Tuesday, May 28, 2024

Breaking national price rise records

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Shaun Hollis, Yorke Peninsula Country Times

Combined, the Yorke Peninsula, Barossa and Mid North regions have recorded the largest annual home price rise of any regional area in Australia in the past year, new data has revealed.

Market analyst PropTrack’s March data shows regional South Australia registered the highest growth of any area in the country outside of the major cities, while the Yorke-Barossa-Mid North region recorded the biggest price hike in the state outside of Adelaide.

Home prices in the region grew more than 15 per cent to an average of $421,000 in the past year, while the growth rate across regional SA was close to 13 per cent, pushing state-wide prices to an average of $439,000.

The average total price growth across the country was less than 7 per cent.

Housing Industry Association SA regional director Stephen Knight said home affordability and availability are two of the state’s most critical challenges.

He said the population of the state is growing more rapidly than in past years on the back of increased migration, people moving here from other states and people returning home.

“We’ve got 1.7 per cent population growth, which is unheard of for South Australia, so we’ve got a massive demand on housing supply,” Mr Knight said.

“You only have to see the front page of the papers almost every day, with rent rises, cost-of-living increases, cost of house materials and labour all contributing to high costs of housing.”

Mr Knight said the state does not have enough houses right now, so has low vacancy rates, helping drive prices even higher.

And the demand for housing is going up but the supply of homes is going down.

“The average price of a house in South Australia has risen by $85,000 in the past 12 months, so that’s a massive increase and clearly puts housing out of reach of a lot of people,” he said.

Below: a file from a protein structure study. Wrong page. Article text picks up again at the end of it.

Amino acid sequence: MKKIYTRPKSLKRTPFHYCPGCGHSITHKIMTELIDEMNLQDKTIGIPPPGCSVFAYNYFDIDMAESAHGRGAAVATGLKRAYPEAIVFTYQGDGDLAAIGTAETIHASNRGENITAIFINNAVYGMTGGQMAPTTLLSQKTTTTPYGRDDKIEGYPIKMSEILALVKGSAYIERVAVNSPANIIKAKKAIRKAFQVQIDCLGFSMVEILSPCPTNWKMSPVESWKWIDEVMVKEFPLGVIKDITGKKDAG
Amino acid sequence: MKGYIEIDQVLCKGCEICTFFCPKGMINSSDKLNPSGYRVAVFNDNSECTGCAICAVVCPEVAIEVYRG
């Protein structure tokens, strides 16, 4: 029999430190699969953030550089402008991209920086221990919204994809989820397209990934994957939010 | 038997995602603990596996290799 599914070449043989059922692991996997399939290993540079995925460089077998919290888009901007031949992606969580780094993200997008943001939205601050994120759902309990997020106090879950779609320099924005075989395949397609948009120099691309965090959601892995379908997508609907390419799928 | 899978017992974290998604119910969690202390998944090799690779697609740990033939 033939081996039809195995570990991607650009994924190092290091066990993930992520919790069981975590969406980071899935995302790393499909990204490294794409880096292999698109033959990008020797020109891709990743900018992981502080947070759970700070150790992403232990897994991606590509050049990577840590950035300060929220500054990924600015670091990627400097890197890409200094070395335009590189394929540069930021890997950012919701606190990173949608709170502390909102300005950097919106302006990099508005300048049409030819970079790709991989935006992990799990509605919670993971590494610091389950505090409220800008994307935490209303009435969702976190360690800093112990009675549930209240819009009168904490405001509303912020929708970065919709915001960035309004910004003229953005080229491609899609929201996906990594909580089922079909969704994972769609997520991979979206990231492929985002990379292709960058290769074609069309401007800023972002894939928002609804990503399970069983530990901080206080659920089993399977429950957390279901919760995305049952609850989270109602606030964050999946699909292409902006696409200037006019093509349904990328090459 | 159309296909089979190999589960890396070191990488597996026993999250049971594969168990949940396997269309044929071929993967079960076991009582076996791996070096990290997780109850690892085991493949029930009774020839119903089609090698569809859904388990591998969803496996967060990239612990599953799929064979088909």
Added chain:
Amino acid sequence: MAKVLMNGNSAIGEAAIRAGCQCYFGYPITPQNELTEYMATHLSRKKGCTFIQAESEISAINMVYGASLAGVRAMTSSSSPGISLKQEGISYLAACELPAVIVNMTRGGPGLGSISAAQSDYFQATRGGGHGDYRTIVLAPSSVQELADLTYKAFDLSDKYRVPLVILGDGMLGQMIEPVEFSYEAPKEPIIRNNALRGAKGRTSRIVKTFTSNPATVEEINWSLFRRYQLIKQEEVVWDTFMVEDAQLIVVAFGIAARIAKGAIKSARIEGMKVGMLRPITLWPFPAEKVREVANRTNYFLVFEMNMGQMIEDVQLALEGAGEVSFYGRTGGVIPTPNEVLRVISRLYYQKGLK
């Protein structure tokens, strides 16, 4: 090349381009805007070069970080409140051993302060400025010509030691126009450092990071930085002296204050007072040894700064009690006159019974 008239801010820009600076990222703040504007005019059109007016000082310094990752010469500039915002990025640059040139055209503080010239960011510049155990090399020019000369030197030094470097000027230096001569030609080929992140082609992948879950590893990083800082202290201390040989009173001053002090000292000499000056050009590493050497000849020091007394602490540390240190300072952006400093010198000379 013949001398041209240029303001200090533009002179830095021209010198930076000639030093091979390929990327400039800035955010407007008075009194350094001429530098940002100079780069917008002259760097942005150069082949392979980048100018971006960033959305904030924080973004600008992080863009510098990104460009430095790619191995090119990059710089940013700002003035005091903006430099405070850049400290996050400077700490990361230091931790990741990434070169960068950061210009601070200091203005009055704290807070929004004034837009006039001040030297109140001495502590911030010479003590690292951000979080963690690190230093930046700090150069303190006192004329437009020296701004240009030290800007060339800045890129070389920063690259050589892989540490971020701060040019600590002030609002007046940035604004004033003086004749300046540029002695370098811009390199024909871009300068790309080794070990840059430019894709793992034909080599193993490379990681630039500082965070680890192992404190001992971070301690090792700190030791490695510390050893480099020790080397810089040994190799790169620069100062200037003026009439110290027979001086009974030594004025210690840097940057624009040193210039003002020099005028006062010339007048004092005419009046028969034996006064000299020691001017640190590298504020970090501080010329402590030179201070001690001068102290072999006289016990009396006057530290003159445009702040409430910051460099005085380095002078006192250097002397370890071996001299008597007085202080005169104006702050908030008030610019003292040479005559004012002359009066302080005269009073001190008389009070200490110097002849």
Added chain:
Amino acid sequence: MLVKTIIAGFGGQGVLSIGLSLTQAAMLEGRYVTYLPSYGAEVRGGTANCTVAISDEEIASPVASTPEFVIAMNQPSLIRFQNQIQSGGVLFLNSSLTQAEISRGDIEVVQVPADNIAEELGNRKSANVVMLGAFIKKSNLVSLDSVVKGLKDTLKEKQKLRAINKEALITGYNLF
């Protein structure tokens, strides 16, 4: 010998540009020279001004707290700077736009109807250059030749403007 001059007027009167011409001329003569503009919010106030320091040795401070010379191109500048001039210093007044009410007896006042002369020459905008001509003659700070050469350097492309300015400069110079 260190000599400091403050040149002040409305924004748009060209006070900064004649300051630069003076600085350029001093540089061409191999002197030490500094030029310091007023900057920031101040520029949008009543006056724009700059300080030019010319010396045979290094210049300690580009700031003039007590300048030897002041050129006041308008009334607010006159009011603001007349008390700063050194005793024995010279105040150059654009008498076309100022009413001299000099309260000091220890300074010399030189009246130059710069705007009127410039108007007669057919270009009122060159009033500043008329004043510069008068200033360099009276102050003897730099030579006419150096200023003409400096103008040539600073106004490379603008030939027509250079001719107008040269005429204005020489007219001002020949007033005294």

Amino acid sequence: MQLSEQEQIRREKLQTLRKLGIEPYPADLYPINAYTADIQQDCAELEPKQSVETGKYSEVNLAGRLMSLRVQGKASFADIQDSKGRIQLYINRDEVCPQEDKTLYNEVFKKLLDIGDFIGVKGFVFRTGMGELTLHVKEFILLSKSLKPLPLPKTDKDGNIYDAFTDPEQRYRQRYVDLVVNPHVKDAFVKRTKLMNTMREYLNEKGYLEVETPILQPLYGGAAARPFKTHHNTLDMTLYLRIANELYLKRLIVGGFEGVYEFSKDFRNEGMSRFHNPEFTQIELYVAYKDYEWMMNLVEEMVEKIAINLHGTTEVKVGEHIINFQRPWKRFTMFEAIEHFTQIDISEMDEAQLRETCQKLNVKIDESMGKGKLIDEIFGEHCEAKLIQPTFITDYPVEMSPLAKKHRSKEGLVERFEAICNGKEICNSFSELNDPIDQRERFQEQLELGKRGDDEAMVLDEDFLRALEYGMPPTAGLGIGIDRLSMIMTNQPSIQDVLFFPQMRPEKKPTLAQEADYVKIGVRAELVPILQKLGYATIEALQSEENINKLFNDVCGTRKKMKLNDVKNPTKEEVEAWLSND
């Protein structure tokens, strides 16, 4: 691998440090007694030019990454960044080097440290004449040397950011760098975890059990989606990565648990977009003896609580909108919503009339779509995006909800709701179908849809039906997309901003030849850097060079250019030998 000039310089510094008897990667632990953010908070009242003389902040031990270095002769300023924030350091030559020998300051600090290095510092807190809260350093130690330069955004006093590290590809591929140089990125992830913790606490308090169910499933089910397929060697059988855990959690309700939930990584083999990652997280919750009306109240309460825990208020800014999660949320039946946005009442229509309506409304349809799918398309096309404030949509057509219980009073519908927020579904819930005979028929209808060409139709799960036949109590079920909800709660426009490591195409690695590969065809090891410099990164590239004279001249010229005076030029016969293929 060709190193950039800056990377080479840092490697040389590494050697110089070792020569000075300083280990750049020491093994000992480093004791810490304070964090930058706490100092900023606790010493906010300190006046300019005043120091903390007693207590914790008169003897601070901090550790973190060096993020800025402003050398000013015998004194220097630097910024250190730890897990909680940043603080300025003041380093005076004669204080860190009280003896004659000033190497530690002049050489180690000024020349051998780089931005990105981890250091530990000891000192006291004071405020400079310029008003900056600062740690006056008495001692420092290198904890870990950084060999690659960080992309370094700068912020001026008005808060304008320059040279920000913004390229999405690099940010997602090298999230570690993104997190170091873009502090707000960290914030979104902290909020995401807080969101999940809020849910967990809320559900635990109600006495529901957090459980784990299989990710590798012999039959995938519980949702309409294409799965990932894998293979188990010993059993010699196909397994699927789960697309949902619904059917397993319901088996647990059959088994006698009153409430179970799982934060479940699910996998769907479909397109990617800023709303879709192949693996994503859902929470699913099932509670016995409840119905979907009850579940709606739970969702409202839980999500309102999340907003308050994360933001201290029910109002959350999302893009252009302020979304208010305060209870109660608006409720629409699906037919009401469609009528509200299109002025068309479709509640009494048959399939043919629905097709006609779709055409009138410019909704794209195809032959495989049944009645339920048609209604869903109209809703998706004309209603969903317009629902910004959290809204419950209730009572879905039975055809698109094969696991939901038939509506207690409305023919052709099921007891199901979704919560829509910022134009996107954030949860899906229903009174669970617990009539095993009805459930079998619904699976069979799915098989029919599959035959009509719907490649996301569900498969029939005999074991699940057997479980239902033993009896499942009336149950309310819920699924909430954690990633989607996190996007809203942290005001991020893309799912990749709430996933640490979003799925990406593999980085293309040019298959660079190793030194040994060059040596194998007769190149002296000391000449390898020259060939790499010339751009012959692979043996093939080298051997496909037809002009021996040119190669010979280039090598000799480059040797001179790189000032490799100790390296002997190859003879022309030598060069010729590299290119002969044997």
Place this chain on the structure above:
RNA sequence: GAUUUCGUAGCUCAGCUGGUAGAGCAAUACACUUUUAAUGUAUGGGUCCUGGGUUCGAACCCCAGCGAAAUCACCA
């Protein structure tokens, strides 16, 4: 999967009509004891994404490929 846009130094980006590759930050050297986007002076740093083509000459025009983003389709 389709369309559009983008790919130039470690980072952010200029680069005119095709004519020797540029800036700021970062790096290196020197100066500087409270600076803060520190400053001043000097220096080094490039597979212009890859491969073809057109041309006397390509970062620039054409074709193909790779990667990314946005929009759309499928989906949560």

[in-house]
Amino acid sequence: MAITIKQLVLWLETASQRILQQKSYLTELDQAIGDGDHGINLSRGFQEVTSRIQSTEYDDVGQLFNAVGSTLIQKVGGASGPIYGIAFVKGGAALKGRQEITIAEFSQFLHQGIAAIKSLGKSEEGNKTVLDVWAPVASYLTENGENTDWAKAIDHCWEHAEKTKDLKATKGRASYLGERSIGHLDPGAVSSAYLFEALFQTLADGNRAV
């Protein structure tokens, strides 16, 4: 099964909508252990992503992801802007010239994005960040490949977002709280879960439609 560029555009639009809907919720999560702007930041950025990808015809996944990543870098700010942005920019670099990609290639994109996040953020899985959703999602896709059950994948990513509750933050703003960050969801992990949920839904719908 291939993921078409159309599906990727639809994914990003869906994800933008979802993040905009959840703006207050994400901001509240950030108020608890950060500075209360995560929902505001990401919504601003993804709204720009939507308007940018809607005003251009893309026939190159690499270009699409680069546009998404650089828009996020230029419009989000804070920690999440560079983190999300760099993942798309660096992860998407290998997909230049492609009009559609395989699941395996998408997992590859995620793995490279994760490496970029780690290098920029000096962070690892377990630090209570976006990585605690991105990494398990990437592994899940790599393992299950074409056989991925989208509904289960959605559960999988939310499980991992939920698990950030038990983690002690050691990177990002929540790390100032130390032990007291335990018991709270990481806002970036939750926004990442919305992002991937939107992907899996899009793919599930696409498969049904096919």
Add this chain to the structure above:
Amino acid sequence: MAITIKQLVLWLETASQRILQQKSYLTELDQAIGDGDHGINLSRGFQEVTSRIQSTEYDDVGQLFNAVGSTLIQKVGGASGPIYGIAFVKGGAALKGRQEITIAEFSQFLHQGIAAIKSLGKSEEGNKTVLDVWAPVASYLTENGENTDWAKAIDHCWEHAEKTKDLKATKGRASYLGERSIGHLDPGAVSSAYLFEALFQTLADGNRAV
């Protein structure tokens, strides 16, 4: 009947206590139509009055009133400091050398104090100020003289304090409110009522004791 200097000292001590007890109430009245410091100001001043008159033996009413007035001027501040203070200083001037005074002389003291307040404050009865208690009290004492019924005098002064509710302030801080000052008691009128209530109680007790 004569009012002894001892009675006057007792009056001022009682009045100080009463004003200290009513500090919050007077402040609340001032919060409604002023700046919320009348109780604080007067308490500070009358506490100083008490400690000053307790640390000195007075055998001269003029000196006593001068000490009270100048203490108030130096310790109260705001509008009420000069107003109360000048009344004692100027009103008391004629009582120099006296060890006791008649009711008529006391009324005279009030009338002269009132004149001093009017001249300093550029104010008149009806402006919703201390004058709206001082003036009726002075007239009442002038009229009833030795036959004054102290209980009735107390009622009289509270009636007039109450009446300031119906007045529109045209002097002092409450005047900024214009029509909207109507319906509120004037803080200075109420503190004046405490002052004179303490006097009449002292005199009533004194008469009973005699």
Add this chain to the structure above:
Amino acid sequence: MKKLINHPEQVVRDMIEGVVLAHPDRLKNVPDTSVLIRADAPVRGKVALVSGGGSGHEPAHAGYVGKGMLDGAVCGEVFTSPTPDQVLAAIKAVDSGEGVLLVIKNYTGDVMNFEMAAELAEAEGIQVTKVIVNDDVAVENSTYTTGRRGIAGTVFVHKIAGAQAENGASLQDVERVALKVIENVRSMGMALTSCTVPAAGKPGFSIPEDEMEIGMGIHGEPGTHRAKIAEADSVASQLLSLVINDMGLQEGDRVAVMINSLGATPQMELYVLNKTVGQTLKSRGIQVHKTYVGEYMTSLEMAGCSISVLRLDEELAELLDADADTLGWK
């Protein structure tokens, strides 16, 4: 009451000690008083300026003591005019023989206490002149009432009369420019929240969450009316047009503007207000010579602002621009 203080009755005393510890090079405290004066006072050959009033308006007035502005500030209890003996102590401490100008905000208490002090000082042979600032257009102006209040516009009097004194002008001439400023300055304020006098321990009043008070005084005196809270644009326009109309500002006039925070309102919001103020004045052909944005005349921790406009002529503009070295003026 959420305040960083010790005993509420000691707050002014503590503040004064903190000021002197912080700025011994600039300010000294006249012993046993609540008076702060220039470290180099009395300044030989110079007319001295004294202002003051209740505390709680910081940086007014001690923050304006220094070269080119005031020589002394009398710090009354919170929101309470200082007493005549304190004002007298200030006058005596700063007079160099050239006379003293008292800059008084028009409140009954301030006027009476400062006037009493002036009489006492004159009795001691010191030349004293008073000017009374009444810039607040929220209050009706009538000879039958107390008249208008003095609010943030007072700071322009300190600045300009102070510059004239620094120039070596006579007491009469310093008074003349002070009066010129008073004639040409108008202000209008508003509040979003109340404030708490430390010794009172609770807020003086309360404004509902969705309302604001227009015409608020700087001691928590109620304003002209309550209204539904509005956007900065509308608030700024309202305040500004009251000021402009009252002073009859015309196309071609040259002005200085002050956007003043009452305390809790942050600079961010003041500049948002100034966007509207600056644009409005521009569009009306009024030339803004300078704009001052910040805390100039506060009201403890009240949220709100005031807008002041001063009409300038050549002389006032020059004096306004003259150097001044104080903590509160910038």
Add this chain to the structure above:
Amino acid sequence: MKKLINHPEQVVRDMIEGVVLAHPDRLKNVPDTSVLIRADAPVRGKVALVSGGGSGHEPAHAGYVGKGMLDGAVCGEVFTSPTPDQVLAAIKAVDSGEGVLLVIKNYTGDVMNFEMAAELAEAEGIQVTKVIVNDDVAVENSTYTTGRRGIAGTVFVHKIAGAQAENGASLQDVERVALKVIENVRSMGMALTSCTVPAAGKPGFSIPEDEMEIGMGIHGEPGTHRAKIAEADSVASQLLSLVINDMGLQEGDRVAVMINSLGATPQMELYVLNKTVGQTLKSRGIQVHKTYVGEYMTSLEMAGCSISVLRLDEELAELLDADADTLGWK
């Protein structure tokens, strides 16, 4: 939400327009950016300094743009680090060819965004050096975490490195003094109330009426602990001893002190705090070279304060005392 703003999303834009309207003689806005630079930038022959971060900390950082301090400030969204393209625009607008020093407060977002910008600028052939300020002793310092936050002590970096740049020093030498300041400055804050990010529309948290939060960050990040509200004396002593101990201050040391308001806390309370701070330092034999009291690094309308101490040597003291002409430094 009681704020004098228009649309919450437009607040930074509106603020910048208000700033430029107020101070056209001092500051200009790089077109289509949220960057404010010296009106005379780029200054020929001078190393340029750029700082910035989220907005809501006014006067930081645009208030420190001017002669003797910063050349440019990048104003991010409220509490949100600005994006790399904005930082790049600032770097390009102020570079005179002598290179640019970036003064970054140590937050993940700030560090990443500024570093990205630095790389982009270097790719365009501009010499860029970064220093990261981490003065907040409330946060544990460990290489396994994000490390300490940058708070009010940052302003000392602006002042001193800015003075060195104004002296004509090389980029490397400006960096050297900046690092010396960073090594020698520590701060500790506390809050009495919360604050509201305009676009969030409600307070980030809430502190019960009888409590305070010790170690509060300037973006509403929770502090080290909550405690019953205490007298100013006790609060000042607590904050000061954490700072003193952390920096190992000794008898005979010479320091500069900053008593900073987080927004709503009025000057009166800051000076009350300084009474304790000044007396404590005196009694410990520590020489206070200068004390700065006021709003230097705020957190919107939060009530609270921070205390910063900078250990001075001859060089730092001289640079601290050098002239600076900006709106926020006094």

There has been a shortage of houses in the state’s regional areas for a long time, he said, but some massive infrastructure projects and increases in employment opportunities in agriculture have driven demand for housing even higher.

“We have other constraints (of) land availability for housing, planning rules — all these things impact on availability of housing and it’s not something you can quickly react to,” Mr Knight said.

“It takes time, there’s a decent lead-in time to building new homes and of course construction time.”

Although there are no quick solutions, he said the industry is aware of the need to address the housing shortages and rising prices.

“There’s a lot of people working towards solving the issues (and) it’s going to require investment,” he said.

“I think all the stakeholders have really got to pull together and work together.

“I know that regional development boards are keenly aware of it and governments are certainly aware of it.

“Working towards more land being available is a good start.”

Mr Knight cited one example of how regional employers are bringing in transportable homes to attract workers on a potato farm in the state’s South East.

“That’s a way of securing your workforce,” he said.

“That’s where industry is actually working it out for themselves.” 

Yorke Peninsula Country Times 9 April 2024

This article appeared in Yorke Peninsula Country Times, 9 April 2024.


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